Agreements concluded by payers and pharmaceutical companies to diminish the impact on the payer's budget of new and existing medicines brought about by either the uncertainty of the value of the medicine and/or the need to work within finite budgets. [Source: Adamski J. Risk sharing arrangements for pharmaceuticals: potential considerations and recommendations for European payers. BMC Health Services Research 2010, 10:153.] See also: managed entry agreements A contract between two parties who agree to engage in a transaction in which there are uncertainties regardless concerning its final value. Nevertheless, one party, the company, has sufficient confidence in its claims of either effectiveness or efficiency that it is ready to accept a reward or a penalty depending on the observed performance of its product. [Source: de Pourville G.Risk-sharing arrangements for innovative drugs. A new solution to old problems. Eur J Health Econ 2006, 7:155-7.] See also: managed entry agreements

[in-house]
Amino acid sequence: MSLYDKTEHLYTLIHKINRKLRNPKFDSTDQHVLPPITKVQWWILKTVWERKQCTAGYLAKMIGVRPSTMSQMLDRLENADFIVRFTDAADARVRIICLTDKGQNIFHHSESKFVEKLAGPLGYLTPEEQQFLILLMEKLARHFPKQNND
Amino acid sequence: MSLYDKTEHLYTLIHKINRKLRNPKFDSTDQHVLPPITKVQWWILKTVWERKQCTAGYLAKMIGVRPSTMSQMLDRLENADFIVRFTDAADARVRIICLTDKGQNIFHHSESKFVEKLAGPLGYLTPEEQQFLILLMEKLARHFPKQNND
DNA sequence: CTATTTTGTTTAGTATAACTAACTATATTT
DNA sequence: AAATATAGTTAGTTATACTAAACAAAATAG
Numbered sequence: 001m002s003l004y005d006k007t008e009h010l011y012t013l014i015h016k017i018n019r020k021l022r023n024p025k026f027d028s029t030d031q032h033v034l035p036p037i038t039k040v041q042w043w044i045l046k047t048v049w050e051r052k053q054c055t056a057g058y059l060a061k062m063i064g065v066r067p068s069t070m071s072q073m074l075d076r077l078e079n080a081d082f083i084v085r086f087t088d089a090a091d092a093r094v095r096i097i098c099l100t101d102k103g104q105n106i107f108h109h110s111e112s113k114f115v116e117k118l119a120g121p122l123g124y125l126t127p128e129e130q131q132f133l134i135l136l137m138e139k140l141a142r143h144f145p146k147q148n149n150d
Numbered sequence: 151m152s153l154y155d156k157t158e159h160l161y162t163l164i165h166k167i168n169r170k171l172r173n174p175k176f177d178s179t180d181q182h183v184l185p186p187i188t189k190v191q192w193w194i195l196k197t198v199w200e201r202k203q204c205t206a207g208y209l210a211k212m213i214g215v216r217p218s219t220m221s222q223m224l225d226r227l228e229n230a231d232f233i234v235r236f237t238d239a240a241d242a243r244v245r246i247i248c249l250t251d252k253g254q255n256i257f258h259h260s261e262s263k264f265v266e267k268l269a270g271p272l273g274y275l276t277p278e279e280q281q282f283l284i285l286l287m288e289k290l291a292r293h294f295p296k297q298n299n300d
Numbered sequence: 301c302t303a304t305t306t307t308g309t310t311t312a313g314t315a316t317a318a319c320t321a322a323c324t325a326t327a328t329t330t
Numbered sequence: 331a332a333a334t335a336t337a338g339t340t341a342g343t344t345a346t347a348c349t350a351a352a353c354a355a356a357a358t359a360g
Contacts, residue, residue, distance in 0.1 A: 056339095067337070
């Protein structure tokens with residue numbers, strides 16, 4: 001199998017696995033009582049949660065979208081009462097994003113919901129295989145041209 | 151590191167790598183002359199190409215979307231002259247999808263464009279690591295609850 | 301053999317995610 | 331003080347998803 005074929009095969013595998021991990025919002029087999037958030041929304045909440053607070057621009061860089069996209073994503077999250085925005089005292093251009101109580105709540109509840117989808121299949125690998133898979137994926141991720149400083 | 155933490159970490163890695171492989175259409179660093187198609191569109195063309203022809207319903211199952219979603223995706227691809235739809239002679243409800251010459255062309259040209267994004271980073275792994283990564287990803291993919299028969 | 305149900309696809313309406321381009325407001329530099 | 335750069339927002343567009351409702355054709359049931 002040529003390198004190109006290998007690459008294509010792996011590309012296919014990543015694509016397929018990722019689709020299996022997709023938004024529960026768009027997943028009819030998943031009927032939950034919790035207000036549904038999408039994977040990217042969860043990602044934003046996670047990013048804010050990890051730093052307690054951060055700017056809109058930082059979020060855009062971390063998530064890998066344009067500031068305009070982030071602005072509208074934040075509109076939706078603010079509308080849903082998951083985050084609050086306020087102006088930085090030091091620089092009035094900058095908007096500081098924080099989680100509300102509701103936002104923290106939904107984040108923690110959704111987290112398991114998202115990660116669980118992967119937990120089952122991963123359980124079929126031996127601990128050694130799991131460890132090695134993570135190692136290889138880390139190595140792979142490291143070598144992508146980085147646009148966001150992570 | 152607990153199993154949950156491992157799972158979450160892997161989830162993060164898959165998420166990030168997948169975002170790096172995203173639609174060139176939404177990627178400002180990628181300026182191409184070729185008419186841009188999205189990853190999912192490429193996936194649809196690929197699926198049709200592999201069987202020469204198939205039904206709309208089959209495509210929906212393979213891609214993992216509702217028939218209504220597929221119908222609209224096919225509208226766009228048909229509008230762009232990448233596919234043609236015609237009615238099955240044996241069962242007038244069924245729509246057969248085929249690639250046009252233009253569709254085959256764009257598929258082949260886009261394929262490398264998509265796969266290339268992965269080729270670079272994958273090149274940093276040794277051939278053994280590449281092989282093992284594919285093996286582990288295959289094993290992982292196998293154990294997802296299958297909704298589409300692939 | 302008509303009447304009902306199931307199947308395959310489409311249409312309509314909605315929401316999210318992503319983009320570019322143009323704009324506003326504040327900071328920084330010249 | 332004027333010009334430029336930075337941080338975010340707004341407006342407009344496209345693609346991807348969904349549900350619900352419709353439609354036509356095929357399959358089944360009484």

An evaluation of the positive therapeutic effects of the medicinal product in relation to its risks (any risk relating to the quality, safety or efficacy of the medicinal product as regards patients' health or public health and any risk of undesirable effects on the environment.) [Source: Directive 2001/83/EC of the European Parliament and of the Council of 6 November 2001 on the Community code relating to medicinal products for human use]
An agreement between public authorities and one manufacturer which links the price of a medicine to a defined risk. The risk can be a risk of inappropriate use (over prescribing compared to targeted population or prescription of inappropriate dosages) or can be related to the cost-effectiveness claimed by the manufacturer. [Source: PPRI Glossary]